The Doric Order – 6th Century B.C.

The Doric order takes its name from the origin Peloponnesian and in this order were built some of the most important buildings of Greece.


 Where the Doric Order Originated?

Greek architecture is particularly important for the whole history of Western architecture. The Doric order is the first and oldest of the Greek architectural orders, coded in the sixth century B.C. with the Ionic and Corinthian in the treatise in ten books De architectura of Vitruvius, which is the theoretical foundation of Western architecture.

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A 1521 Italian language edition of De architectura, translated and illustrated by Cesare Cesariano. Manuscript of Vitruvius, the Wolbert H.M. Vroom Collection, Amsterdam (on exhibition in Brussels)


image source: https://en.wikipedia.org/wiki/De_architectura

Who was Vitruvius and Why is So Important?

Vitruvius was the only ancient Greek or Roman writer on architecture whose works survived the Middle Ages. When his handbook for Roman architects, De architectura, was rediscovered in the early 15th century, Vitruvius was at once hailed as the authority on classical architecture. Based on his writings, Italian architects of the Renaissance and Baroque periods developed an aesthetic canon that established rules for superposing the classical orders.

Info source: https://www.britannica.com/technology/order-architecture

The coding orders was then deepened and defined very clearly by Vignola in his famous Rule of Five Orders of Architecture .

Diffusion of the Doric Order

The Doric order was born in the Peloponnese ( hence the name ) and it spread inland greek and in the Greek colonies in Italy. In this order they are built all surviving temples of Ancient Greece and some of the most important buildings of Greece itself, including the Parthenon on the Acropolis of Athens and the Temple of Zeus at Olympia.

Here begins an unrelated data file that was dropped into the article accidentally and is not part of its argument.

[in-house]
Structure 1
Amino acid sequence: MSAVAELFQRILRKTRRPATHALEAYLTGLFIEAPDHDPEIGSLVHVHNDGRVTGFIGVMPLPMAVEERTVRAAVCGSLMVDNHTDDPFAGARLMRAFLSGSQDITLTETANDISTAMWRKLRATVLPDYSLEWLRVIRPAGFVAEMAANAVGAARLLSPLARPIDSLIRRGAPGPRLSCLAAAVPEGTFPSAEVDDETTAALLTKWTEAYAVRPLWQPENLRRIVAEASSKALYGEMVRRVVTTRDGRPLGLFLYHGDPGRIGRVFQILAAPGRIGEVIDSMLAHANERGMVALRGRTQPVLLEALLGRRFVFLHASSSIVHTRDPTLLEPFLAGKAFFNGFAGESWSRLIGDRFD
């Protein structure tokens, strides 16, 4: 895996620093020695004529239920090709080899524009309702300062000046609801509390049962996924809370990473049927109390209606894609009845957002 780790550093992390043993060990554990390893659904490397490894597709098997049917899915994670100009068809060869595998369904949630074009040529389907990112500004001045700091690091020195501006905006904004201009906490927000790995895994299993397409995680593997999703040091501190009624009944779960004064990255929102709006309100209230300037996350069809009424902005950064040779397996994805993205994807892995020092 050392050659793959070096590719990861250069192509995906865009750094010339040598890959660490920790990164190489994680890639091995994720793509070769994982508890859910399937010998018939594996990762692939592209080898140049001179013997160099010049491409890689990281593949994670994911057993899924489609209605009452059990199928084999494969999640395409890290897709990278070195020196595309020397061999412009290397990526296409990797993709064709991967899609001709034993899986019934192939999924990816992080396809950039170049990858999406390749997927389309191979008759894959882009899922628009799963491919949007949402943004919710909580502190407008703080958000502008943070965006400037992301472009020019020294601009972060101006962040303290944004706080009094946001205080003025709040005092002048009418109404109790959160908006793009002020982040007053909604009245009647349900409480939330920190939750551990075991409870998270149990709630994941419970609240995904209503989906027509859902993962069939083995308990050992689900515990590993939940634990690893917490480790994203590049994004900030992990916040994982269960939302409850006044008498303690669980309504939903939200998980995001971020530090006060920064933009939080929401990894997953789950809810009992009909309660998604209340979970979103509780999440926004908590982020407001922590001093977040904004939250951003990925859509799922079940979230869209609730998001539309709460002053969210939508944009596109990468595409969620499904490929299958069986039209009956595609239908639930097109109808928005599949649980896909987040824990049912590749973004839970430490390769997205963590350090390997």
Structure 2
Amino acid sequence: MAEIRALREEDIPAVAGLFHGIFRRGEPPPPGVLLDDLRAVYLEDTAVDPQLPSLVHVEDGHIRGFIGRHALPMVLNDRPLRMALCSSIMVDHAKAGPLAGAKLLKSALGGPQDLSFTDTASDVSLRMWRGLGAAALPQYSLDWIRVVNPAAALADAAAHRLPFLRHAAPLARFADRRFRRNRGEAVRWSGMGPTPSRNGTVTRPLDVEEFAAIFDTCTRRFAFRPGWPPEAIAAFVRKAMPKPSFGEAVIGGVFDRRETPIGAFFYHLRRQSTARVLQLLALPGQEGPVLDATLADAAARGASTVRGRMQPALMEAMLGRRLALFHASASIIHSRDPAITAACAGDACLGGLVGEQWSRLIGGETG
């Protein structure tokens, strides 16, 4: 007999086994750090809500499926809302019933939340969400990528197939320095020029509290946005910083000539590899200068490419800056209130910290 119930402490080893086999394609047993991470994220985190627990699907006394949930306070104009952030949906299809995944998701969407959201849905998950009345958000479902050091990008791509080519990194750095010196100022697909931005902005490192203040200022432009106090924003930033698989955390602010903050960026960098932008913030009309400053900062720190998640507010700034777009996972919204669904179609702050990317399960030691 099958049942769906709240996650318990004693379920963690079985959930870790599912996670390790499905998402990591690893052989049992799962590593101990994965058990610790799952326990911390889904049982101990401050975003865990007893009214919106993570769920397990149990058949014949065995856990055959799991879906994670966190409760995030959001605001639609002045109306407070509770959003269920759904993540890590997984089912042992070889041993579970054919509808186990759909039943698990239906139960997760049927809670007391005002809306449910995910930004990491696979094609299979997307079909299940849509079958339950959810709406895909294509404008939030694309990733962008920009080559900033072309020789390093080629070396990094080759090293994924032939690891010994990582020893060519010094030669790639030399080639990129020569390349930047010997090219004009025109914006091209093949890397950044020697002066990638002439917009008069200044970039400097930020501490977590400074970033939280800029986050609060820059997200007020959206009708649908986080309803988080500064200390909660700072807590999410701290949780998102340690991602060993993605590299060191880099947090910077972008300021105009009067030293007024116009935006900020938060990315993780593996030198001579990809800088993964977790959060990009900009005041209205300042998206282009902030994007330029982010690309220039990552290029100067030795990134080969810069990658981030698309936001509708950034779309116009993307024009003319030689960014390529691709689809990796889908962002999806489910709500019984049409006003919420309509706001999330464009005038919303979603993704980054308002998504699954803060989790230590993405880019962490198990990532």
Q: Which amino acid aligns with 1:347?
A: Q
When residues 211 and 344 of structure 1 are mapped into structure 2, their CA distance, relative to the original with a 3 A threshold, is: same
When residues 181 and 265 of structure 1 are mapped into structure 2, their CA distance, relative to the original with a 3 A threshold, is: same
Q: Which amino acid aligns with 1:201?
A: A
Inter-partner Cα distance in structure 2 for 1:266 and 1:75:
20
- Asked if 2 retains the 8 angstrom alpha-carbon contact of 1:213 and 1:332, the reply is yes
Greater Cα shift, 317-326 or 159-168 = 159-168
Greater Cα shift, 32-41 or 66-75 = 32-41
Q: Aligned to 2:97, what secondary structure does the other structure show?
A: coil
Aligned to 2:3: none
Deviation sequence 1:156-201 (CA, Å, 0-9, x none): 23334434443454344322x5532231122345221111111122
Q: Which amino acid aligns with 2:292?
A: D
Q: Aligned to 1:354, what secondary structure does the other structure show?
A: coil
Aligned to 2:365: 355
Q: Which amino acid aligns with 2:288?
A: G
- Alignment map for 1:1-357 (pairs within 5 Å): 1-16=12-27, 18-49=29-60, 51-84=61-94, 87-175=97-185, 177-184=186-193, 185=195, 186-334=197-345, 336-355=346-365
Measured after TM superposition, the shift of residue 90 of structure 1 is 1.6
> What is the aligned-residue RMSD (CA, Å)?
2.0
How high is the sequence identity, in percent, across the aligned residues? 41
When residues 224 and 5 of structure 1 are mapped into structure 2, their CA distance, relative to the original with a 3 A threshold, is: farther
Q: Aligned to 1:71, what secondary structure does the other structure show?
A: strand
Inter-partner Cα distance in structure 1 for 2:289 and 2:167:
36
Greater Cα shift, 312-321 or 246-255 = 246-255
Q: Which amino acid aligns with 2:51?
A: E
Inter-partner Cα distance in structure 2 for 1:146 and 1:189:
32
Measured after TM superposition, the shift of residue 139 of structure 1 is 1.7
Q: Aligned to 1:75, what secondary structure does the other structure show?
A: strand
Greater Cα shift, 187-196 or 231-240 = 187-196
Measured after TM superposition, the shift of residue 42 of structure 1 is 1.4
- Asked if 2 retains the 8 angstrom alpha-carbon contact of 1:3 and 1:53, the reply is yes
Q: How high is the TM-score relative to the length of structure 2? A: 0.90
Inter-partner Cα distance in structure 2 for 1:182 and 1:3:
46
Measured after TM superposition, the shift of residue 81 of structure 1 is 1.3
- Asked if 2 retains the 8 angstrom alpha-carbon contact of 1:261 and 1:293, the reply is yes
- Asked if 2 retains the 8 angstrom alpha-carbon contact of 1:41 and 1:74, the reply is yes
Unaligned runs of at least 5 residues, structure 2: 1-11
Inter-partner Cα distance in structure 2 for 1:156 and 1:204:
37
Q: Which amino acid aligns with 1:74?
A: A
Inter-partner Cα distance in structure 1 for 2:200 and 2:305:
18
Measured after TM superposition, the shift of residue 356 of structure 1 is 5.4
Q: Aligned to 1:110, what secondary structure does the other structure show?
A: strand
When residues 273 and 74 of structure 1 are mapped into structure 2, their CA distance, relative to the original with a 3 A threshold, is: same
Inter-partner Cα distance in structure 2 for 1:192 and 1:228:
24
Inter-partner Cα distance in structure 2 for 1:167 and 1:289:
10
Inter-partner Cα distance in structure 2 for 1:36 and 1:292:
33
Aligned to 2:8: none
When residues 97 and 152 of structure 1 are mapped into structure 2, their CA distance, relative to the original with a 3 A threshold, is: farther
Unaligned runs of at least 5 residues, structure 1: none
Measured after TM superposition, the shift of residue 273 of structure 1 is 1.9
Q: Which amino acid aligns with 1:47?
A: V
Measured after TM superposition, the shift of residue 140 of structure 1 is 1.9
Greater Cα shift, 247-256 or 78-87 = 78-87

Exterior View of the Parthenon ca. 447-438 B.C. Acropolis, Athens, Greece
Parthenon – Atene, Greece, 447 BC

Image source: https://www.britannica.com/topic/Parthenon

Ruins of the Temple of Zeus at Olimpia, Greece, 470-456 BC. The most representative buildings of the Doric order.

Tempio di Zeus – Olimpia, Greece, 470-456 a.C.

Image source: https://www.britannica.com/art/Western-architecture/Ancient-Greek

 

What were the Characteristics of The Doric Order:

The Doric order has a solemn and solid appearance .

  • The platform of the temple , laid on the foundation , is called euthynteria .
  • On the basis of the temple rests a platform, called crepidoma , formed by the steps leading to the temple, originally three in number, and that will increase with time .
  • The shaft of the column rests directly on crepidoma, and is therefore devoid of basis, It has grooves with a sharp edge and is tapered from bottom to top .
  • The capital is formed by two elements :

– The echino ( with a shape of a truncated cone )

– The abacus ( a simple marble slab resting sull’echino )

Above the capital is the entablature, composed from the lintel on which rests the frieze divided alternately :

  • metopes ( marble slabs decorated in bas-relief )
  • triglyphs ( rectangles vertically furrowed by three channels).

Doric style: Column and entablature

Image source: Greek columnhttp://bookofthrees.com/greek-columns/ 

Where CAN WE FIND THE Doric Style TODAY?

 Are several architects over the past centuries were inspired by the Doric style for their projects.

An example is the Palazzo Te, monumental building in Mantova (Italy), the opera’s most famous architect Julio Roman, built in 1524 by Federico II Gonzaga commission.

We find:

– in the external facades, with smooth pilasters (pillars embedded in a wall) giant Doric order.

– The inner courtyard, which is also a Doric order but here on marble columns, left almost raw and surmounted by a mighty Doric entablature.

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image source: https://www.britannica.com/topic/Palazzo-del-Te

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image source: https://www.britannica.com/topic/Palazzo-del-Te

 

 

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